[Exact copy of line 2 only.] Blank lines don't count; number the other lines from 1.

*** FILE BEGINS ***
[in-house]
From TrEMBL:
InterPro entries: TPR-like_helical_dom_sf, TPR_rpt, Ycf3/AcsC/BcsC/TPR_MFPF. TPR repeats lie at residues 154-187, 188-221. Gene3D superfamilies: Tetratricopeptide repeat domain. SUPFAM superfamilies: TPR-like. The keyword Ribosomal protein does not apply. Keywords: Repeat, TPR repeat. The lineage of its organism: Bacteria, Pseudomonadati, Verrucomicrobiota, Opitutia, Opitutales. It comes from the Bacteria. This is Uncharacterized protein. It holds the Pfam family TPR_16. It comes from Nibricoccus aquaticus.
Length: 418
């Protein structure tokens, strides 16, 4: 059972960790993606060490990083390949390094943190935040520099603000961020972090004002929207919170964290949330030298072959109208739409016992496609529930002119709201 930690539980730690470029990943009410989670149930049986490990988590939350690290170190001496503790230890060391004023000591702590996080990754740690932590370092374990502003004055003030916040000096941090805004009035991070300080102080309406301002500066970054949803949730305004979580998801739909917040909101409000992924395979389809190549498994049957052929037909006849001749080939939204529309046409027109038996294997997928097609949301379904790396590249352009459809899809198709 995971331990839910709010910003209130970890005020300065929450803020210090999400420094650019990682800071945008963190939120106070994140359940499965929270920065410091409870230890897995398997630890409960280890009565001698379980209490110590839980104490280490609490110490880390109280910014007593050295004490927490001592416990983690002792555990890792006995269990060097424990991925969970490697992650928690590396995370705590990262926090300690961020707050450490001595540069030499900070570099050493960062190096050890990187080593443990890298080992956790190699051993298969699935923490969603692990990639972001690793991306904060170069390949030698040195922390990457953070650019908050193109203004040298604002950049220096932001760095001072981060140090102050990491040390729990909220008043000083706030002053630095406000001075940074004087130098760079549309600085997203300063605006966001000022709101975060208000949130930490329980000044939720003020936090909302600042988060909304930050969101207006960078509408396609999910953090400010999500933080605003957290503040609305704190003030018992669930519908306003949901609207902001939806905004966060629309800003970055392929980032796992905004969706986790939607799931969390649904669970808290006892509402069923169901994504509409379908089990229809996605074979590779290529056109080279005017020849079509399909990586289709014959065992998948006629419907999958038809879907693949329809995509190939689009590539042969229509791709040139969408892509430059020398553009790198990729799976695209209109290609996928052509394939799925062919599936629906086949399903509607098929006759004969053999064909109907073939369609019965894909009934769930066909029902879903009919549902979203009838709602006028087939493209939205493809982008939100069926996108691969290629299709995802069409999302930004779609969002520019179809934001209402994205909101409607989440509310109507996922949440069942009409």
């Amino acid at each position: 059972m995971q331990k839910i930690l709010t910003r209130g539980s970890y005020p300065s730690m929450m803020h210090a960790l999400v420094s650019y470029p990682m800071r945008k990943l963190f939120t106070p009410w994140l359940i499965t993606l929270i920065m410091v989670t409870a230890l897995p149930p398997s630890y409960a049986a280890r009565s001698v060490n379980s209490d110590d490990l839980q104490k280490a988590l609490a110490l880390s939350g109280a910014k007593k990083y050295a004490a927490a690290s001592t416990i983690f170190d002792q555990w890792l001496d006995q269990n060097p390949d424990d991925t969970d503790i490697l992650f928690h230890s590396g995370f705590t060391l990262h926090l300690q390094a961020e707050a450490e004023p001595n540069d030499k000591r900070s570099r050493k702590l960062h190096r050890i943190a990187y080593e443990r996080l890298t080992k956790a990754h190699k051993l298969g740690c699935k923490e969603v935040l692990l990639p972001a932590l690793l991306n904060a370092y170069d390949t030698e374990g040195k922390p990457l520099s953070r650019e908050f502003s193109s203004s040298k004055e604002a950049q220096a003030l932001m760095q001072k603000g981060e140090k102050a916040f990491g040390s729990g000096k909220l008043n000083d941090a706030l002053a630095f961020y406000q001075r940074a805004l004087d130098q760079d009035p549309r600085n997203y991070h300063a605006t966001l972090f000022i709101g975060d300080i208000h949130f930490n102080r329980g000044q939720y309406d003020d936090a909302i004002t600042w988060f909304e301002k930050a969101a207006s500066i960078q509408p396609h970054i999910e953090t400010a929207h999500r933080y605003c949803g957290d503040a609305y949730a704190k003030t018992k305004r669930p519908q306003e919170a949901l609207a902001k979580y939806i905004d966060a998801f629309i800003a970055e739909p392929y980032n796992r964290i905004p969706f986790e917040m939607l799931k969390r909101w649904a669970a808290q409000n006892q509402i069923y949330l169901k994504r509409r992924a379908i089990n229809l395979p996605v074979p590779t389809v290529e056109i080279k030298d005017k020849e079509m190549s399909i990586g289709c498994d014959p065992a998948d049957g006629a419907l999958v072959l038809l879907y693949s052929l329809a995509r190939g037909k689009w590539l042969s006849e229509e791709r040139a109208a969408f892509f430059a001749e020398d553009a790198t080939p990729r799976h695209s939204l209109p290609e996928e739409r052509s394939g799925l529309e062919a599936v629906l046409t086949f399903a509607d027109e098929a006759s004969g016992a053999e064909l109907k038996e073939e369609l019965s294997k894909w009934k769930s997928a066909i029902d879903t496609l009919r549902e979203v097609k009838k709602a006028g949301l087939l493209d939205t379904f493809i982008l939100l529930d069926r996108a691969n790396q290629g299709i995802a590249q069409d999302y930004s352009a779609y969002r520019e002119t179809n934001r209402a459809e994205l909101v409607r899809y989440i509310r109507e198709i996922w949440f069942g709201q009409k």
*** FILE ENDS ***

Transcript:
From TrEMBL: